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Hearing loss in children

4-minute read

Hearing loss may be partial — a child cannot hear certain sounds — or it can be complete. It may be temporary or permanent, and may be caused by a wide range of possible factors. As hearing is important for language development, early detection and treatment of any hearing loss is important.

What are the types and causes of hearing loss?

Having a hearing loss (impairment) means that a child has lost some hearing in one or both ears.

There are many types and degrees of hearing loss, and they are described according to how much hearing has been lost and which part of the ear is affected. Loss is also described as mild, moderate, moderate to severe, severe or profound.

Loss is also explained as mild, moderate, moderate to severe, severe or profound. There are 2 main types of hearing impairment: 'conductive' and 'sensorineural'. Having both types is called a 'mixed loss'.

Conductive hearing loss occurs when something interferes with sound waves travelling through the outer and middle parts of the ear to the inner ear.

It can be caused by a wax blockage, middle ear infection (otitis media), a fluid build-up in the middle ear, or damage to the tiny bones in the middle ear. Conductive hearing loss may be either temporary or permanent.

Sensorineural hearing loss is caused by a problem in the innermost part of the ear or in the nerve that carries hearing, the ‘auditory nerve’. It can be caused by abnormal inner ear development, a physical injury to the inner ear, damage to the ear from diseases such as meningitis and rubella, or a tumour.

Sensorineural hearing losses are usually permanent. Sometimes the problem with the inner ear also causes problems with balance. Children with both hearing and balance problems may have delayed development of their motor skills.

What are the signs of hearing loss?

Things to look out for, as they can be signs of possible hearing loss are:

  • loud noises do not startle your child by 4 months of age, or your child does not turn towards the source of a sound
  • your child notices you only when they see you
  • your child does not make sounds other than gargles and other vibrating noises that they can feel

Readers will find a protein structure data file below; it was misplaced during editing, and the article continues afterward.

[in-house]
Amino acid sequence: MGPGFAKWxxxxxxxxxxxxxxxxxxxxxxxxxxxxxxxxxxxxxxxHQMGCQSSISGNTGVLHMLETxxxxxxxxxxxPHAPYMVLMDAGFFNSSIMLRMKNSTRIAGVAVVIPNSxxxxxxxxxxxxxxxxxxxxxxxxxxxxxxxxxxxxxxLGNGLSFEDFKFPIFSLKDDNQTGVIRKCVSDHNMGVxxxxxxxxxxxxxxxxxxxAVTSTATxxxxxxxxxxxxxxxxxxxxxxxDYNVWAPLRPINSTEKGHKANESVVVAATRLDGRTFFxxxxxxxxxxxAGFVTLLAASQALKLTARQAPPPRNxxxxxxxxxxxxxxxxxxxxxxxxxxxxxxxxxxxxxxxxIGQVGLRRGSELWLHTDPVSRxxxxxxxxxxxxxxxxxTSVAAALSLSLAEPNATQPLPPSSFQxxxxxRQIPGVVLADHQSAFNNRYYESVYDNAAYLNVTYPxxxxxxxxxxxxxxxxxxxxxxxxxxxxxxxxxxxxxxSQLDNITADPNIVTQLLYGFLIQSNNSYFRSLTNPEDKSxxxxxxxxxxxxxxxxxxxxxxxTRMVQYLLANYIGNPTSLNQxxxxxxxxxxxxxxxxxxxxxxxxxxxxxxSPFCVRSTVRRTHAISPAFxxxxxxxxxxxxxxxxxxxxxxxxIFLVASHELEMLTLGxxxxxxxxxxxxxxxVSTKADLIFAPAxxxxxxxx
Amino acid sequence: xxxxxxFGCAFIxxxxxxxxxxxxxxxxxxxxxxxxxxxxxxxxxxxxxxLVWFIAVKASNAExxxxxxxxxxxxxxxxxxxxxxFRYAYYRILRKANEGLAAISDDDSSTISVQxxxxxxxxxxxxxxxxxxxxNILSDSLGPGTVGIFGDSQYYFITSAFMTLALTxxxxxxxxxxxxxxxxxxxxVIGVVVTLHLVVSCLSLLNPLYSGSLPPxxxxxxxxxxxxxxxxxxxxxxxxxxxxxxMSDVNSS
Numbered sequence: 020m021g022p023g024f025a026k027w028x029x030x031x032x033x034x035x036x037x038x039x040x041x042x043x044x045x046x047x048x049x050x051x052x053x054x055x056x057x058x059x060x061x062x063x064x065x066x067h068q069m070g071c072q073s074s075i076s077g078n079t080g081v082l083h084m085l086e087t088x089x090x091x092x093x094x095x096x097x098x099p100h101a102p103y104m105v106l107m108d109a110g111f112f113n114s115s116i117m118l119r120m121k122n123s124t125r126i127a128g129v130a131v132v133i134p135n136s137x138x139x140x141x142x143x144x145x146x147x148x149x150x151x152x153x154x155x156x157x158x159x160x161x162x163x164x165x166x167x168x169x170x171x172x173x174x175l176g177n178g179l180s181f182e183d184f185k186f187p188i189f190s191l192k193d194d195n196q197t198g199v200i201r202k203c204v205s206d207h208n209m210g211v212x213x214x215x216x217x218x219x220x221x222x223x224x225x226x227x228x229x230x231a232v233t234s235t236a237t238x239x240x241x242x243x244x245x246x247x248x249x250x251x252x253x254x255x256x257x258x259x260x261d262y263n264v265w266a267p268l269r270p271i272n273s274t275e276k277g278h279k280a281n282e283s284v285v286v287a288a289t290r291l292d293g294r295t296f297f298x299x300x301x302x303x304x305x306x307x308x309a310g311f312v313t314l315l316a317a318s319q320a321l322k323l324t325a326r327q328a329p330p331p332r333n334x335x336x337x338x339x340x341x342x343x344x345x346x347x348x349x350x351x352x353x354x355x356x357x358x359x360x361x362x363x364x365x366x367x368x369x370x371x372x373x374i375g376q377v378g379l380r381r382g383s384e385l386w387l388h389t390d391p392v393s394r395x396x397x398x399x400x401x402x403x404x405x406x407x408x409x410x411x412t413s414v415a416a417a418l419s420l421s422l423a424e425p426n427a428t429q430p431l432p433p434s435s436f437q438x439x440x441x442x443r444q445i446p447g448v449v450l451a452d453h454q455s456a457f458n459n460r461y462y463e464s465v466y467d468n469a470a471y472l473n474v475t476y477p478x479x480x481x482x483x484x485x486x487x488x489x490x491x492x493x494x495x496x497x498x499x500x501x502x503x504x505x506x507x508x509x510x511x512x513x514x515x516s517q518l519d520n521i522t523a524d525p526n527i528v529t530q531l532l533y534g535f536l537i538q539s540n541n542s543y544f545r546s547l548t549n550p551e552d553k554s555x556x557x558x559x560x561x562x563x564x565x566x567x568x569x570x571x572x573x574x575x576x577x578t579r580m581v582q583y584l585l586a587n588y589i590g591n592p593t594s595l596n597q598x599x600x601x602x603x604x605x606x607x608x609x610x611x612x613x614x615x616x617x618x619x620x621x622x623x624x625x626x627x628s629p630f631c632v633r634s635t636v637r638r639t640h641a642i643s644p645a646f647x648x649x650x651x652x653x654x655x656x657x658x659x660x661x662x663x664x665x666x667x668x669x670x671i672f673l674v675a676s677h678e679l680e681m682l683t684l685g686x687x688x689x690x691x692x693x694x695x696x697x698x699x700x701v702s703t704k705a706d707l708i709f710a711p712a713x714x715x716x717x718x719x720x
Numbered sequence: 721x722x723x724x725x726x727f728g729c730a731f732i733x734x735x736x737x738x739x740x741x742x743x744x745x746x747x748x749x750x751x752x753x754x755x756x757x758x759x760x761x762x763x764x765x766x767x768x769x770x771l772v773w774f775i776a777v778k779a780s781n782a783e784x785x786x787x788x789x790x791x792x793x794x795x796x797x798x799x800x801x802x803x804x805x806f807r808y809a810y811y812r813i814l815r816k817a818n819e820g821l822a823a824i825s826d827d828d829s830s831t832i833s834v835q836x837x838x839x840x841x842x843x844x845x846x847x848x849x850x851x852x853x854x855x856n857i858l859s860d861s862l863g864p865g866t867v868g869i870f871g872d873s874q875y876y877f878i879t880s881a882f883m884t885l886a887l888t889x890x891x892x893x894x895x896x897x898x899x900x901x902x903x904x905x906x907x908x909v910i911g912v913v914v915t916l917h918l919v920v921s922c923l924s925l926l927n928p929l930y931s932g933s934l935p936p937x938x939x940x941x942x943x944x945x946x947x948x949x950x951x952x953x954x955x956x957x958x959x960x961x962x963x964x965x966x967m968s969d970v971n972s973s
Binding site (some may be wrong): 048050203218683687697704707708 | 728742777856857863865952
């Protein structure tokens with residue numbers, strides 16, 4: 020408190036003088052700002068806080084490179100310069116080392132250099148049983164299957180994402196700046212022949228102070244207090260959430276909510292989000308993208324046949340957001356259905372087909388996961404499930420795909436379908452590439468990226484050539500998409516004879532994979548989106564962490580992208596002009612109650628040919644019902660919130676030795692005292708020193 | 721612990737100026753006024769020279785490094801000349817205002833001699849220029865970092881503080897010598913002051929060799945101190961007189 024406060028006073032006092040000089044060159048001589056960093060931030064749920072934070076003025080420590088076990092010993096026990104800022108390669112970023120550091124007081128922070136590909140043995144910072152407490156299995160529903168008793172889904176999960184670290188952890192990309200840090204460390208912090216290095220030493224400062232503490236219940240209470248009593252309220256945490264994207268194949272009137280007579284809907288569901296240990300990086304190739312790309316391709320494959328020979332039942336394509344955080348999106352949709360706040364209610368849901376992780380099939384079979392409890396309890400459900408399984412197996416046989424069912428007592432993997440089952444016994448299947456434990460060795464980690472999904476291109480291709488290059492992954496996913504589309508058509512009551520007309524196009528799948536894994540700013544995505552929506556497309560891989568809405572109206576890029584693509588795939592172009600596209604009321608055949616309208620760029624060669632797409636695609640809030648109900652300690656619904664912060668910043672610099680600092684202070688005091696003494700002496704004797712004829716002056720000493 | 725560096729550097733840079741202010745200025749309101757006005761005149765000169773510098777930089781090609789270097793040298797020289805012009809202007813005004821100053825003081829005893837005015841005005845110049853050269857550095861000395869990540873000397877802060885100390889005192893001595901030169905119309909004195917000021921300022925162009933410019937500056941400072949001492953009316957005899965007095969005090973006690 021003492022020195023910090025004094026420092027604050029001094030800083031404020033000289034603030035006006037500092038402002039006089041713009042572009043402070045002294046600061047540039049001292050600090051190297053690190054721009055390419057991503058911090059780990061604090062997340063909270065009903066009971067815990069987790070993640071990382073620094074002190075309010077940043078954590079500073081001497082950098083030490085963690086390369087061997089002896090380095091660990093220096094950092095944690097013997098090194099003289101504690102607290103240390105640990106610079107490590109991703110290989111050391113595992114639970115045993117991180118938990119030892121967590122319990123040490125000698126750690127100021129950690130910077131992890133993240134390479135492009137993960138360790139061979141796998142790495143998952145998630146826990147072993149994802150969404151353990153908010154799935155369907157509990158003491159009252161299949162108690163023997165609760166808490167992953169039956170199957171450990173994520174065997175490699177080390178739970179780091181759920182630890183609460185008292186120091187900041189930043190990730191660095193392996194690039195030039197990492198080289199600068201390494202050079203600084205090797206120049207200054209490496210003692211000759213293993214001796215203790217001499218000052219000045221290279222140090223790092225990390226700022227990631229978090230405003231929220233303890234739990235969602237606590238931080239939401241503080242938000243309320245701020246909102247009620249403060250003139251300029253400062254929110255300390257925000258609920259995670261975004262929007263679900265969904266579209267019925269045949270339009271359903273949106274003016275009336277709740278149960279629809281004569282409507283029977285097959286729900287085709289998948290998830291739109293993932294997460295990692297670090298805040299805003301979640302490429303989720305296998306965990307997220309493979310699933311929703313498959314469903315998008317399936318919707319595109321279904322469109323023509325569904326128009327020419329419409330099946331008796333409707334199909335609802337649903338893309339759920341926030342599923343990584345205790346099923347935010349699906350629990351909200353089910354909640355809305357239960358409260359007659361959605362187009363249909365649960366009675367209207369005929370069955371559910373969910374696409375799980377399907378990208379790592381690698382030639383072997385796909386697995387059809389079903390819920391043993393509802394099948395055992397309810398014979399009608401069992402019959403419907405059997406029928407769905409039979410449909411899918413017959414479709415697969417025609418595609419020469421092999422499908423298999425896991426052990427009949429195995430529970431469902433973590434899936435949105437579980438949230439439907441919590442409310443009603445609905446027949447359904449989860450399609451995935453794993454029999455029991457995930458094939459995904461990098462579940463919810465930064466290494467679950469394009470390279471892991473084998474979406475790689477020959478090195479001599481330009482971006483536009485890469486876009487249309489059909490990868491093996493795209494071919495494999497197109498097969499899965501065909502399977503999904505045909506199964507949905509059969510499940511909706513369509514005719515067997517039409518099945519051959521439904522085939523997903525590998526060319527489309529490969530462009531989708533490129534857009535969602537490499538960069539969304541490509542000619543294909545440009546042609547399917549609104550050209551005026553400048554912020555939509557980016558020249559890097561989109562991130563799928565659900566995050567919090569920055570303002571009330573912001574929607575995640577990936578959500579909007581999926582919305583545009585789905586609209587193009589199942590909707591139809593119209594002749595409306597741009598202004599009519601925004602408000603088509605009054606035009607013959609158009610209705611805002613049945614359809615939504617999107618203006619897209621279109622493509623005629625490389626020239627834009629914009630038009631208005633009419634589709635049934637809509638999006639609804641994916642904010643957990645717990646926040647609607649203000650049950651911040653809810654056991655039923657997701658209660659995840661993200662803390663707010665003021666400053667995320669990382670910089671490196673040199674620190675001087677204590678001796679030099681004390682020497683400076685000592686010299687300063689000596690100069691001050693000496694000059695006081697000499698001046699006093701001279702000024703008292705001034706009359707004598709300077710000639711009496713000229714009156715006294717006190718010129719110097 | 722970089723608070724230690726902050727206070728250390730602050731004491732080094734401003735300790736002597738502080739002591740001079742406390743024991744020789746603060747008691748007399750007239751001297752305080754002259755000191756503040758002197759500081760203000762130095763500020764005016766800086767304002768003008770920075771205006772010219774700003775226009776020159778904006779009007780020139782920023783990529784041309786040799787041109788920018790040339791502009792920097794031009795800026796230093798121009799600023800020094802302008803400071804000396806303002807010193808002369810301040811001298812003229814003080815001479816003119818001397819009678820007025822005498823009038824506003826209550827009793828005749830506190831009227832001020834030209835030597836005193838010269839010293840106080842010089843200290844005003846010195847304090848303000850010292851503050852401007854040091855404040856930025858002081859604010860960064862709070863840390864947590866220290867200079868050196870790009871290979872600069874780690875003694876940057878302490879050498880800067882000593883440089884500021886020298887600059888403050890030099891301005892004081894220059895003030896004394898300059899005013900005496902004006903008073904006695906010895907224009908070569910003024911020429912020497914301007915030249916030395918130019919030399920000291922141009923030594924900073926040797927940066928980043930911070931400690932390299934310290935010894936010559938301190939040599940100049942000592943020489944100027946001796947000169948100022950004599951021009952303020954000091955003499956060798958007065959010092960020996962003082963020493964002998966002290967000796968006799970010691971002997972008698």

• speech development is delayed
  • your child seems to not hear when called or does not respond to their name or say simple words by 14 months
  • your child can’t follow simple instructions by 24 months
  • your child hears some sounds but not others
  • your child has trouble holding their head steady, or is slow to sit up by themselves or walk

Diagnosis of hearing loss

In Australia, babies have their hearing tested in the first few weeks of life. Most newborns are tested before they leave hospital to help identify those who might require further hearing and middle ear function testing.

Babies with possible hearing loss are referred to a hearing specialist (audiologist), who will do more specialised testing to diagnose the type and extent of hearing loss. Understanding the cause helps determine the best treatment.

How is hearing loss treated?

Treatment of hearing loss depends on its cause and severity but can include:

  • medication, such as antibiotics for ear infections
  • repeated ear infections may sometimes be treated with grommets
  • removal of a foreign object or wax
  • surgery, such as inserting tubes to help fluid drain out of the ears
  • hearing aids, or other technology to amplify sounds or assist hearing
  • a cochlear implant for severe or profound hearing loss
  • speech therapy
  • assistance from a specialist teacher of the deaf to help make the most of any residual hearing

The earlier that hearing loss is identified and treated, the better for a child’s language, learning and overall development.

The most important thing for your child’s development is being able to communicate. A range of options are available, including spoken language, sign language or a combination of sign and spoken language to talk.

Children with hearing loss need regular hearing, ear and eye examinations. Younger children need to be tested very regularly because their ear canals are growing and changing shape. Regular eye exams are important because your child’s main way to learn and communicate is through sight.

You can read more about deafness in children in the Hearing Australia resource, Choices, or call them on 134 432.

Learn more about raising a deaf child.

You can call Pregnancy, Birth and Baby on 1800 882 436 to speak to a maternal child health nurse.

Learn more here about the development and quality assurance of healthdirect content.

Last reviewed: April 2021


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The NSW Statewide Infant Screening – Hearing (SWISH) Program aims to identify babies born with significant hearing loss and introduce them to appropriate services as soon as possible.

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